Some circular slide rules seem to be a familar linear rule in circular formfactor. They have nonrotating part (stator), rotating part (slide), cursor. Stator and slide carry familiar C/D scales, sometimes A, B, K, S, T, L ... etc. Such slide rules have certain advantages and disadvantages comparing to their linear brethren.
Advantages include "closed" log scales, which eliminates the necessity to reset the slide, compact design and ease of making at home (you just need to print faces on your laser or jet printer, cut them out and join them with lapel pin in the middle).
The disadvantage is that scales close to center become really congested. Also it seems that it takes more time to perform basic operations.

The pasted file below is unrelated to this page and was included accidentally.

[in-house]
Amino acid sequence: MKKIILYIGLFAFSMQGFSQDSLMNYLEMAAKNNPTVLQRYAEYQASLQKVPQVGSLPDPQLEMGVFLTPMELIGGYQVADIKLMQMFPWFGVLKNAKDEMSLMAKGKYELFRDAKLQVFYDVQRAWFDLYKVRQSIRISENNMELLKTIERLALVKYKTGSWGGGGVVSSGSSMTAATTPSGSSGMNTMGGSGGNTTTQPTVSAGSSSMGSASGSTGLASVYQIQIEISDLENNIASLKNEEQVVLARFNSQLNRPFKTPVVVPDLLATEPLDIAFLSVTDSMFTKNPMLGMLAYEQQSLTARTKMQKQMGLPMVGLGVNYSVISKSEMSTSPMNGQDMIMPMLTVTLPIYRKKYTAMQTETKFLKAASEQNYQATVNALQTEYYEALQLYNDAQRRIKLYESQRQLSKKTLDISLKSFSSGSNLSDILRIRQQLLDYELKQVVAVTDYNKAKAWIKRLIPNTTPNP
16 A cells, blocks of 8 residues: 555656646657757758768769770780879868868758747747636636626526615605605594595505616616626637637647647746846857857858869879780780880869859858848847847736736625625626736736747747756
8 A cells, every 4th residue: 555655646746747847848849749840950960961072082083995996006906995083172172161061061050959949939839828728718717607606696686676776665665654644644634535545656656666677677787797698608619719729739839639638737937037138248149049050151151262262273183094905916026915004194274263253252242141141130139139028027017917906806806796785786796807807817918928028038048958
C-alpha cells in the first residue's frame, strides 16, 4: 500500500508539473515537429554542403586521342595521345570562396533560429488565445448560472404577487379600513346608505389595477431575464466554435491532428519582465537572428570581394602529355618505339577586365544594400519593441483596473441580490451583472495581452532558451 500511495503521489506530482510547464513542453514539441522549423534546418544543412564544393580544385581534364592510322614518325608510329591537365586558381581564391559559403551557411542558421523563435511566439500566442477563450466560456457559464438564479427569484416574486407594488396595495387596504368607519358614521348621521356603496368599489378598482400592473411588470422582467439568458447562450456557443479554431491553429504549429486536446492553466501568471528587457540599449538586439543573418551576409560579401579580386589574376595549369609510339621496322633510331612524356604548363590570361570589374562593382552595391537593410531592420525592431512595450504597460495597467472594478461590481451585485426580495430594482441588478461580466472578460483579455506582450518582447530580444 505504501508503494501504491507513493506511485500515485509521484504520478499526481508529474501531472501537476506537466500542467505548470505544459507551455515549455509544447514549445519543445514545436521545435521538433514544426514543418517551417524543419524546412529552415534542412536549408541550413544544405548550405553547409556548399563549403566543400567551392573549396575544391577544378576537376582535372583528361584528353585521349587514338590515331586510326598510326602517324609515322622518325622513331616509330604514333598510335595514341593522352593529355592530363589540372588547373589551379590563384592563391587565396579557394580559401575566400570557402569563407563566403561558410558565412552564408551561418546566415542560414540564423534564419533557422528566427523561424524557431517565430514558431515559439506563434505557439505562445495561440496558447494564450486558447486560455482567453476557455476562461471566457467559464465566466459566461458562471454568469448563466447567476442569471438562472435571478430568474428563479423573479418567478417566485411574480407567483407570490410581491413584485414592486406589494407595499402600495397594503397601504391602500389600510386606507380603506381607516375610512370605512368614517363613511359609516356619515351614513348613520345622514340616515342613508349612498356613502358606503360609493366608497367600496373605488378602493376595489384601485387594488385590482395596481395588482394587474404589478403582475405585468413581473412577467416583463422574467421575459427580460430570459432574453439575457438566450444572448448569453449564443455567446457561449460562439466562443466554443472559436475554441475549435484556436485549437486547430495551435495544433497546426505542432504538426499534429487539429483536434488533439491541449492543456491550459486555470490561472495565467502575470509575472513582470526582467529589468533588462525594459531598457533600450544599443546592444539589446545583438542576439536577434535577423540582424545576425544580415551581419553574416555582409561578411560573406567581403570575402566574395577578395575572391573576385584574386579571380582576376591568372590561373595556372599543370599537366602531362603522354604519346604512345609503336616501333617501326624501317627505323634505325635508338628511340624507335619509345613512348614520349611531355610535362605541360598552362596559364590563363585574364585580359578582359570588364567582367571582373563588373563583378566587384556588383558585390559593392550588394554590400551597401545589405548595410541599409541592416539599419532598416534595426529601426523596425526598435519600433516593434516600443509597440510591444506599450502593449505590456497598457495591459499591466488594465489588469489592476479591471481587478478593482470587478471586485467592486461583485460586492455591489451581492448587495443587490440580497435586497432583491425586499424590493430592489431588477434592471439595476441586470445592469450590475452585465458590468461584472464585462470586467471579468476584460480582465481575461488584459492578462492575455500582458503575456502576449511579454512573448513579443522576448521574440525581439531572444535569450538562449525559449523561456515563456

While being somewhat similar mechanically, astrolabes have very different mathemtical foundations. They are based on properties of stereographic projection (other projections were also used) rather than logarithmic scale.
Astrolabes have history that spans several centuries (possibly, millenias) before slide rules. There is little doubt that William Oughtred based his slide rule design on astrolabe.